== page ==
To breed Giant Day Geckos, many factors must be taken into account. These include temperature, humidity and enclosure size. The table below provides important info about Giant Day Gecko reproduction:

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Factors Information
Age of Sexual Maturity 10-12 months old typically
Mating Behavior Mainly during the Spring. Males display colours to attract females.
Incubation Period 3-4 months
Clutch Size 2-6 eggs per clutch
Maternal Care None beyond laying eggs

In addition to these factors, patience is needed while waiting for eggs to be laid. This can take weeks or months. During mating season, males communicate with colours.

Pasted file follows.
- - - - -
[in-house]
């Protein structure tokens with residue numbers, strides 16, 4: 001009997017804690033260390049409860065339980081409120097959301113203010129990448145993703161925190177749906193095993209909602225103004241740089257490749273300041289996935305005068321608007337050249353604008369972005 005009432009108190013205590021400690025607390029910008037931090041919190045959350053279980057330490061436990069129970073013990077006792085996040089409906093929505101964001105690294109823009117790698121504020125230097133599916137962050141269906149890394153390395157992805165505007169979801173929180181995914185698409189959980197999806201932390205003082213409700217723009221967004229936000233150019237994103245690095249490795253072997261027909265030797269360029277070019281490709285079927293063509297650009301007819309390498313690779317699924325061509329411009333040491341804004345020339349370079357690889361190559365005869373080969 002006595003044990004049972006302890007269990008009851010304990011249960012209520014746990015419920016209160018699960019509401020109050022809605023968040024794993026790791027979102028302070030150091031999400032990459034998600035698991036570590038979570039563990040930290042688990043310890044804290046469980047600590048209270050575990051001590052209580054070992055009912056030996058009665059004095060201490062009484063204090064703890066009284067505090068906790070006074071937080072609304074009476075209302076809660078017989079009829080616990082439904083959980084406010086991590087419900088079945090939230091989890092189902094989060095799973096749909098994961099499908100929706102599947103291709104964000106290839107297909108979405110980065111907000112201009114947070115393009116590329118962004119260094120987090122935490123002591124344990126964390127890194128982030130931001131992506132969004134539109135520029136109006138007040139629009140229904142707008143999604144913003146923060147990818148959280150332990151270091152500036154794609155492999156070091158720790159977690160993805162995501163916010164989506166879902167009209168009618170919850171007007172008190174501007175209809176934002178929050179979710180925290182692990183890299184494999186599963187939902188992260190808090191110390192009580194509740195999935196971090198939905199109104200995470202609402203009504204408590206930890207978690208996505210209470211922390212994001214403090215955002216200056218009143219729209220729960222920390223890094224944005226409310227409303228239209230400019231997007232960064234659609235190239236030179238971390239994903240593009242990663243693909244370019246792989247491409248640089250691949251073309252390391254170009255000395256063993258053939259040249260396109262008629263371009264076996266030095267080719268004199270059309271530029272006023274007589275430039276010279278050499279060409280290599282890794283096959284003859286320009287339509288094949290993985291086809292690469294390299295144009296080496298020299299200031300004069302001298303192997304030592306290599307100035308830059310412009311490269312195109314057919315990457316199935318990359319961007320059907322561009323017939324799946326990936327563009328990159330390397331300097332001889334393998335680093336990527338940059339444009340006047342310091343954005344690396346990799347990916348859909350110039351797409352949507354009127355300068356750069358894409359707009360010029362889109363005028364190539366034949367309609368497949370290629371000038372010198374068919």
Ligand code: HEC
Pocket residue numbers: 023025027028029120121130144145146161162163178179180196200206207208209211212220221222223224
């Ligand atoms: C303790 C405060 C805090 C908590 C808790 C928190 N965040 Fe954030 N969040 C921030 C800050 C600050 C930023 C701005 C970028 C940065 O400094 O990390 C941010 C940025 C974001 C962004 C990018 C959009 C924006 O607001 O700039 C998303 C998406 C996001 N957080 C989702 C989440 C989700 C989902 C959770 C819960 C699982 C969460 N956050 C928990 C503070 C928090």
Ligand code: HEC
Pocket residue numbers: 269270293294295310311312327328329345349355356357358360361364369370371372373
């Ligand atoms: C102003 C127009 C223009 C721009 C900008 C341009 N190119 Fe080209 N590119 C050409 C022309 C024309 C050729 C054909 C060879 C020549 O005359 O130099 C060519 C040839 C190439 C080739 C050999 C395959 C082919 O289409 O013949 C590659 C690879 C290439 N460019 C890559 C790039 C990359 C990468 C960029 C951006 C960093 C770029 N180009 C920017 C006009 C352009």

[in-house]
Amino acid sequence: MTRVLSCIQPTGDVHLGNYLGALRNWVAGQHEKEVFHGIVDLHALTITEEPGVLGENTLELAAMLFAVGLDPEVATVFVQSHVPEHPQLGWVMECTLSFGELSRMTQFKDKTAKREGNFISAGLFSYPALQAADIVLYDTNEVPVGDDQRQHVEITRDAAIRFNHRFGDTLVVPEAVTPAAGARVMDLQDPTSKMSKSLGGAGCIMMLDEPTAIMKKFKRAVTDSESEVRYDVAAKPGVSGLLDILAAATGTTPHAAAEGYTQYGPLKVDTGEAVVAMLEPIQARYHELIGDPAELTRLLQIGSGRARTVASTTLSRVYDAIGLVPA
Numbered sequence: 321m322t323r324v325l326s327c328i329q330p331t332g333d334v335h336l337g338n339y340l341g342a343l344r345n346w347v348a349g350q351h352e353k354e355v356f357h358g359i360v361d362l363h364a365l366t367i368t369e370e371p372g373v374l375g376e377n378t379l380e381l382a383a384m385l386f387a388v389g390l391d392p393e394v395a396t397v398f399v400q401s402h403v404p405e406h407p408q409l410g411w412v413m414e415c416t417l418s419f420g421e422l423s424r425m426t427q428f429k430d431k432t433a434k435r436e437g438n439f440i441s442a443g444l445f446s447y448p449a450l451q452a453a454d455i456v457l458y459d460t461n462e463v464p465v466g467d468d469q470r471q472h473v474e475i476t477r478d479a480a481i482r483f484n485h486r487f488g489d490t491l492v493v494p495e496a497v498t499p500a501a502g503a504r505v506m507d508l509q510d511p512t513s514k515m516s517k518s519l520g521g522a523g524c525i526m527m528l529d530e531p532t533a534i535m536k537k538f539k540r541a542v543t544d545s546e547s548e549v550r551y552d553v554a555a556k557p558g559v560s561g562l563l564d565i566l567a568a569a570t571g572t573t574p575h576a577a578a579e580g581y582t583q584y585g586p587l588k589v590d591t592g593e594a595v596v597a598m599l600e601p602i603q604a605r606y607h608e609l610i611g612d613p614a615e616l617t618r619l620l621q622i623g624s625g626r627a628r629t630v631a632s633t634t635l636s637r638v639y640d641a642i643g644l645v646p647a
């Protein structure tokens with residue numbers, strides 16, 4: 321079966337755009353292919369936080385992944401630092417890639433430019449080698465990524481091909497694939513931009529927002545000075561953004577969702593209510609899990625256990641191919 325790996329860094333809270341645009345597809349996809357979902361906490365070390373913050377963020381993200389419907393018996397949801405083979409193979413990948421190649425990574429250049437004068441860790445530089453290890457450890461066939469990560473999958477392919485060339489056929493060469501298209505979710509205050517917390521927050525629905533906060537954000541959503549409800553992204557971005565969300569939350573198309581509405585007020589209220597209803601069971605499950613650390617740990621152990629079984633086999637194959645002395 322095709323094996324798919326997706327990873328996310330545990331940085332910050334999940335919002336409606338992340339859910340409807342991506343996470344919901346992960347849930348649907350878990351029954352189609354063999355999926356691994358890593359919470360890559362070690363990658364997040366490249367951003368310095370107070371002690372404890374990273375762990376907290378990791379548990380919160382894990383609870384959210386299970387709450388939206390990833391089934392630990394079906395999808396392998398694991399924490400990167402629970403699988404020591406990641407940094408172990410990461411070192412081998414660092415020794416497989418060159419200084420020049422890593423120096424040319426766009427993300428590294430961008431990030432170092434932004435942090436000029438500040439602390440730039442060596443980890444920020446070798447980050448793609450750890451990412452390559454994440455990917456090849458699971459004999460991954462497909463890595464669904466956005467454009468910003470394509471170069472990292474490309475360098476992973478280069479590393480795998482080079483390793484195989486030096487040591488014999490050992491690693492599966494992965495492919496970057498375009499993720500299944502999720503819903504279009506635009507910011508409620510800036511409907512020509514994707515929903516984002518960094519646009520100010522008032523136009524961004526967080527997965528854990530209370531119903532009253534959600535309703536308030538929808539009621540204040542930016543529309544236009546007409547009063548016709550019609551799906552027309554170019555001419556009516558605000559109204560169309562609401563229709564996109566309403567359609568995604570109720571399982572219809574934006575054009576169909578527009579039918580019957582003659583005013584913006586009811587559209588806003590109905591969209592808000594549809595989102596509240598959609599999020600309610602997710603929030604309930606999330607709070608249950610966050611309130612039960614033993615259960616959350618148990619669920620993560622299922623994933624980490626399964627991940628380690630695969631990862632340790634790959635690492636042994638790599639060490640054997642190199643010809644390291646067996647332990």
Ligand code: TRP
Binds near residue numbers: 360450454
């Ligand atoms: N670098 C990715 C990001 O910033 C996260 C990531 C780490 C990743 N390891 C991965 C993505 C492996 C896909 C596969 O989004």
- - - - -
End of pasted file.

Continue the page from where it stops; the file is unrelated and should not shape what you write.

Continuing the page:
At a local zoo, I was having difficulty getting the female to lay eggs. The Vet helped by providing Ultraviolet Lighting (Arcadia Jungle Dawn LED bulb). This regulated temperatures and helped with egg-laying.

My only worry is the grocery bill.

Common health concerns

Keeping a Giant Day Gecko healthy is important. Issues like shedding and parasites can occur. Also, overfeeding can cause obesity and other digestive issues.

Check your pet’s behavior and appearance daily for signs of illness. Observe their activity, appetite, and stool quality. Taking them to a reptile vet for checkups is also useful.

Keep their enclosure clean and the temperature and humidity levels right. Feed them a balanced diet with gut-loaded insects and fresh fruit. Supplement with calcium and vitamins to prevent deficiencies.

If you spot any concerning symptoms like lethargy or loss of appetite, seek veterinary care quickly. A fellow owner’s gecko experienced an allergic reaction to the substrate in its enclosure – even the best care can’t prevent everything, but quick action can help.

Overall, Giant Day Geckos make great pets – no rent, no drama, and they won’t eat your leftovers.